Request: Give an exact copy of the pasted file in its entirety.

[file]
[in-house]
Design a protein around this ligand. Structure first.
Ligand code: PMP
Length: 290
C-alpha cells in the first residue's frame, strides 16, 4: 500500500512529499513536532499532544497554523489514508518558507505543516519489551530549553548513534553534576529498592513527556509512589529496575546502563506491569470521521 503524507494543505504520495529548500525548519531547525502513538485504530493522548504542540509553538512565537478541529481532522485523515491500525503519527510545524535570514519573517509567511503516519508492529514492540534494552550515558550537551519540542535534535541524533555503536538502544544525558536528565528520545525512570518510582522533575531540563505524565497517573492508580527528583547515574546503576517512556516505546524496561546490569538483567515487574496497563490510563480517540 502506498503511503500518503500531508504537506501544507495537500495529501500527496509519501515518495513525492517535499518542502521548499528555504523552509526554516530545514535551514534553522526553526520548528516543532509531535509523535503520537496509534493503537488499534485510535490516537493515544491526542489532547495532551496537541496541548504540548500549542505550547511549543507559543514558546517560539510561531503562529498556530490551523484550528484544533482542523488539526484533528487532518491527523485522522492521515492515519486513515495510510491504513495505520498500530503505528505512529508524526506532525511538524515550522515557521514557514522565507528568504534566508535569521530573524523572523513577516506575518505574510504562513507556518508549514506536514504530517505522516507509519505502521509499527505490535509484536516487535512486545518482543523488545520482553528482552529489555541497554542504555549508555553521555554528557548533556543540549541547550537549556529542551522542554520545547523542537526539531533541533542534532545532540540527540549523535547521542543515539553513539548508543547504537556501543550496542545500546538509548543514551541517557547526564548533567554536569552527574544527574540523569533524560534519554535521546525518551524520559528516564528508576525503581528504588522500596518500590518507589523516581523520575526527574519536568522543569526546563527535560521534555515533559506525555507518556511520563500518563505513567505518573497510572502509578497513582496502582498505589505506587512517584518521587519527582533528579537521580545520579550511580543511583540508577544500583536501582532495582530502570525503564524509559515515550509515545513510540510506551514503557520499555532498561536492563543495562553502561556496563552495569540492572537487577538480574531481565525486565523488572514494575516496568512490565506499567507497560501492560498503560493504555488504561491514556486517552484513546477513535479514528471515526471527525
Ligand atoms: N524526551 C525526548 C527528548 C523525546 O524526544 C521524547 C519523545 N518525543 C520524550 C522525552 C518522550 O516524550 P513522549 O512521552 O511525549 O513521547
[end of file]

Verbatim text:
[in-house]
Design a protein around this ligand. Structure first.
Ligand code: PMP
Length: 290
C-alpha cells in the first residue's frame, strides 16, 4: 500500500512529499513536532499532544497554523489514508518558507505543516519489551530549553548513534553534576529498592513527556509512589529496575546502563506491569470521521 503524507494543505504520495529548500525548519531547525502513538485504530493522548504542540509553538512565537478541529481532522485523515491500525503519527510545524535570514519573517509567511503516519508492529514492540534494552550515558550537551519540542535534535541524533555503536538502544544525558536528565528520545525512570518510582522533575531540563505524565497517573492508580527528583547515574546503576517512556516505546524496561546490569538483567515487574496497563490510563480517540 502506498503511503500518503500531508504537506501544507495537500495529501500527496509519501515518495513525492517535499518542502521548499528555504523552509526554516530545514535551514534553522526553526520548528516543532509531535509523535503520537496509534493503537488499534485510535490516537493515544491526542489532547495532551496537541496541548504540548500549542505550547511549543507559543514558546517560539510561531503562529498556530490551523484550528484544533482542523488539526484533528487532518491527523485522522492521515492515519486513515495510510491504513495505520498500530503505528505512529508524526506532525511538524515550522515557521514557514522565507528568504534566508535569521530573524523572523513577516506575518505574510504562513507556518508549514506536514504530517505522516507509519505502521509499527505490535509484536516487535512486545518482543523488545520482553528482552529489555541497554542504555549508555553521555554528557548533556543540549541547550537549556529542551522542554520545547523542537526539531533541533542534532545532540540527540549523535547521542543515539553513539548508543547504537556501543550496542545500546538509548543514551541517557547526564548533567554536569552527574544527574540523569533524560534519554535521546525518551524520559528516564528508576525503581528504588522500596518500590518507589523516581523520575526527574519536568522543569526546563527535560521534555515533559506525555507518556511520563500518563505513567505518573497510572502509578497513582496502582498505589505506587512517584518521587519527582533528579537521580545520579550511580543511583540508577544500583536501582532495582530502570525503564524509559515515550509515545513510540510506551514503557520499555532498561536492563543495562553502561556496563552495569540492572537487577538480574531481565525486565523488572514494575516496568512490565506499567507497560501492560498503560493504555488504561491514556486517552484513546477513535479514528471515526471527525
Ligand atoms: N524526551 C525526548 C527528548 C523525546 O524526544 C521524547 C519523545 N518525543 C520524550 C522525552 C518522550 O516524550 P513522549 O512521552 O511525549 O513521547